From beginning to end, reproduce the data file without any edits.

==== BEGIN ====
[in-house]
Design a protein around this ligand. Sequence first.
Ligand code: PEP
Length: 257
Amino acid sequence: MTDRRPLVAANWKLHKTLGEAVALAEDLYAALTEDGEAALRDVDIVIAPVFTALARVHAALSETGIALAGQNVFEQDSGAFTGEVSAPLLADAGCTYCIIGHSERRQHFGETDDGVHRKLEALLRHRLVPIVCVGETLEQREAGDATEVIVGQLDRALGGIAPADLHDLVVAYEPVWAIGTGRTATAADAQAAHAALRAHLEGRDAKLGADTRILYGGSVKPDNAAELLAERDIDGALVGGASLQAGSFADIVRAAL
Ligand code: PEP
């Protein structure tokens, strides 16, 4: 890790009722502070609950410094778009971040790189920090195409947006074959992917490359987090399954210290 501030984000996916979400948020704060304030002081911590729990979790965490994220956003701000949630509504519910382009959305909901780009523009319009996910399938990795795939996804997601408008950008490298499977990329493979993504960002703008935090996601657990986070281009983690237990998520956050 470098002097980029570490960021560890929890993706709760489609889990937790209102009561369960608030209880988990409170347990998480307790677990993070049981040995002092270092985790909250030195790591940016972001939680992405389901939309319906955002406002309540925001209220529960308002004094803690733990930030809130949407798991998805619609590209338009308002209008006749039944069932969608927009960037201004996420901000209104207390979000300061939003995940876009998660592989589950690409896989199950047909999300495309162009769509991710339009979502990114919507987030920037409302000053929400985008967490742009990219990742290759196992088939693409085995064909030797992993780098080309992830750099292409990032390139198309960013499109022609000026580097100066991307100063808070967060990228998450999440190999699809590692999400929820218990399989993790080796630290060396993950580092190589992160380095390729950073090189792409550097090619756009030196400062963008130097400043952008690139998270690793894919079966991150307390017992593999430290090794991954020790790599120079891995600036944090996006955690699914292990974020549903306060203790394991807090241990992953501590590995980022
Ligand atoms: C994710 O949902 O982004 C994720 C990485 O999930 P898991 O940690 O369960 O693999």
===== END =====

[in-house]
Design a protein around this ligand. Sequence first.
Ligand code: PEP
Length: 257
Amino acid sequence: MTDRRPLVAANWKLHKTLGEAVALAEDLYAALTEDGEAALRDVDIVIAPVFTALARVHAALSETGIALAGQNVFEQDSGAFTGEVSAPLLADAGCTYCIIGHSERRQHFGETDDGVHRKLEALLRHRLVPIVCVGETLEQREAGDATEVIVGQLDRALGGIAPADLHDLVVAYEPVWAIGTGRTATAADAQAAHAALRAHLEGRDAKLGADTRILYGGSVKPDNAAELLAERDIDGALVGGASLQAGSFADIVRAAL
Ligand code: PEP
């Protein structure tokens, strides 16, 4: 890790009722502070609950410094778009971040790189920090195409947006074959992917490359987090399954210290 501030984000996916979400948020704060304030002081911590729990979790965490994220956003701000949630509504519910382009959305909901780009523009319009996910399938990795795939996804997601408008950008490298499977990329493979993504960002703008935090996601657990986070281009983690237990998520956050 470098002097980029570490960021560890929890993706709760489609889990937790209102009561369960608030209880988990409170347990998480307790677990993070049981040995002092270092985790909250030195790591940016972001939680992405389901939309319906955002406002309540925001209220529960308002004094803690733990930030809130949407798991998805619609590209338009308002209008006749039944069932969608927009960037201004996420901000209104207390979000300061939003995940876009998660592989589950690409896989199950047909999300495309162009769509991710339009979502990114919507987030920037409302000053929400985008967490742009990219990742290759196992088939693409085995064909030797992993780098080309992830750099292409990032390139198309960013499109022609000026580097100066991307100063808070967060990228998450999440190999699809590692999400929820218990399989993790080796630290060396993950580092190589992160380095390729950073090189792409550097090619756009030196400062963008130097400043952008690139998270690793894919079966991150307390017992593999430290090794991954020790790599120079891995600036944090996006955690699914292990974020549903306060203790394991807090241990992953501590590995980022
Ligand atoms: C994710 O949902 O982004 C994720 C990485 O999930 P898991 O940690 O369960 O693999």